Skip to main content

Research Repository

Advanced Search

The unorganised worker: The decline in collectivism and new hurdles to individual employment rights

Pollert, Anna


Anna Pollert


The 'unorganised' worker (neither unionised nor covered by a collective agreement) is the norm in Britain, especially in the private sector, which employs about 70% of employees. In 2003, union membership was down to 29.3%, and 18.2% in the private sector. Collective bargaining covers 72.2% of workers in the public sector, but only 22.1% in the private, leaving statutory regulation of individual employment rights as the only protection for the majority of workers. In this context, access to these rights, and ease of enforcement, while never previously straightforward, are becoming increasingly crucial. The individualisation of the employment relationship, which began before New Labour returned to power in 1997, has continued with little restoration of collective rights and new legislation enhancing individual rights. The government's commitment to neo-liberalism and maintaining a 'flexible' labour force has ensured that these further rights are circumscribed by new legislation, which places them further out of reach. This paper discusses this process in the context of the difficulties workers already face in obtaining support and guidance, the lack of affordable professional legal advice and representation and the impediments to providing an adequate service by the under-funded voluntary sector. © Industrial Law Society; all rights reserved.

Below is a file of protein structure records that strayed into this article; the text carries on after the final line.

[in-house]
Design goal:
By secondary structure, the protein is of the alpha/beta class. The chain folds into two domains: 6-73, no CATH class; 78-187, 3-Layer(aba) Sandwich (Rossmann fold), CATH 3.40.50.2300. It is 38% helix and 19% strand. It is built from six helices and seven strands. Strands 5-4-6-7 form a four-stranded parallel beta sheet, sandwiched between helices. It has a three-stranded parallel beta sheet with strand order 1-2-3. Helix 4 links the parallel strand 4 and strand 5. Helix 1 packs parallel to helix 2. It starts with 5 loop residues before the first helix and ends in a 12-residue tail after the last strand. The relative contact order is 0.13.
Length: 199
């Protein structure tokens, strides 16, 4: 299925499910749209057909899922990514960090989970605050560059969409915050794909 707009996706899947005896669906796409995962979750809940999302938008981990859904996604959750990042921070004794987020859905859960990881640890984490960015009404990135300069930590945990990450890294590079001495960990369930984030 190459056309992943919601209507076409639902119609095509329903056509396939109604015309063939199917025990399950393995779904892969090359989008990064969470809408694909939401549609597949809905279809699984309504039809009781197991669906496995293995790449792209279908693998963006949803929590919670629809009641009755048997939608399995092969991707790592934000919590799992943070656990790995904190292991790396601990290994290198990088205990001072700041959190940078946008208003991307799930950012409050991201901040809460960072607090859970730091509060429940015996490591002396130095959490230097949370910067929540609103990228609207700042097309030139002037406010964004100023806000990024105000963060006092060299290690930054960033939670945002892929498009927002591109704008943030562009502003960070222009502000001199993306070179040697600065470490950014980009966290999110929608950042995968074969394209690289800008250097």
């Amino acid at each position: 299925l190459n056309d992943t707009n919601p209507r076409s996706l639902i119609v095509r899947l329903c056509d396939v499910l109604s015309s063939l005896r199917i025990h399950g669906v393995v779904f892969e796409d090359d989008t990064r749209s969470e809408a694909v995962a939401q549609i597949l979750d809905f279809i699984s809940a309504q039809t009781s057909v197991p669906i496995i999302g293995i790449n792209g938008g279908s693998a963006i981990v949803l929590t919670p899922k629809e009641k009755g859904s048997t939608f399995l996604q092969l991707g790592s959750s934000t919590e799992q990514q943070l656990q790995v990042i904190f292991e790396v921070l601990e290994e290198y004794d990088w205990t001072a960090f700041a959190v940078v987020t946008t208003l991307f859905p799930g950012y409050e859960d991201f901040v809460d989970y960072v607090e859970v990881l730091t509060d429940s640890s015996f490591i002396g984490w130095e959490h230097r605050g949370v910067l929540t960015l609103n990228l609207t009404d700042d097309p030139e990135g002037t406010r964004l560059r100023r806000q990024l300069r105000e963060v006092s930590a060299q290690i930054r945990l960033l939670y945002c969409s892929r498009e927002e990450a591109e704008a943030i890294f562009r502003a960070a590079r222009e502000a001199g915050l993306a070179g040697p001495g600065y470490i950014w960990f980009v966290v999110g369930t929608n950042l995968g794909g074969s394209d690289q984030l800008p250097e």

Pollert, A. (2005). The unorganised worker: The decline in collectivism and new hurdles to individual employment rights. Industrial Law Journal, 34(3), 217-238.

Journal Article Type Review
Publication Date Sep 1, 2005
Journal Industrial Law Journal
Print ISSN 0305-9332
Publisher Oxford University Press (OUP)
Peer Reviewed Peer Reviewed
Volume 34
Issue 3
Pages 217-238
Keywords worker, employment rights
Public URL
Publisher URL

Downloadable Citations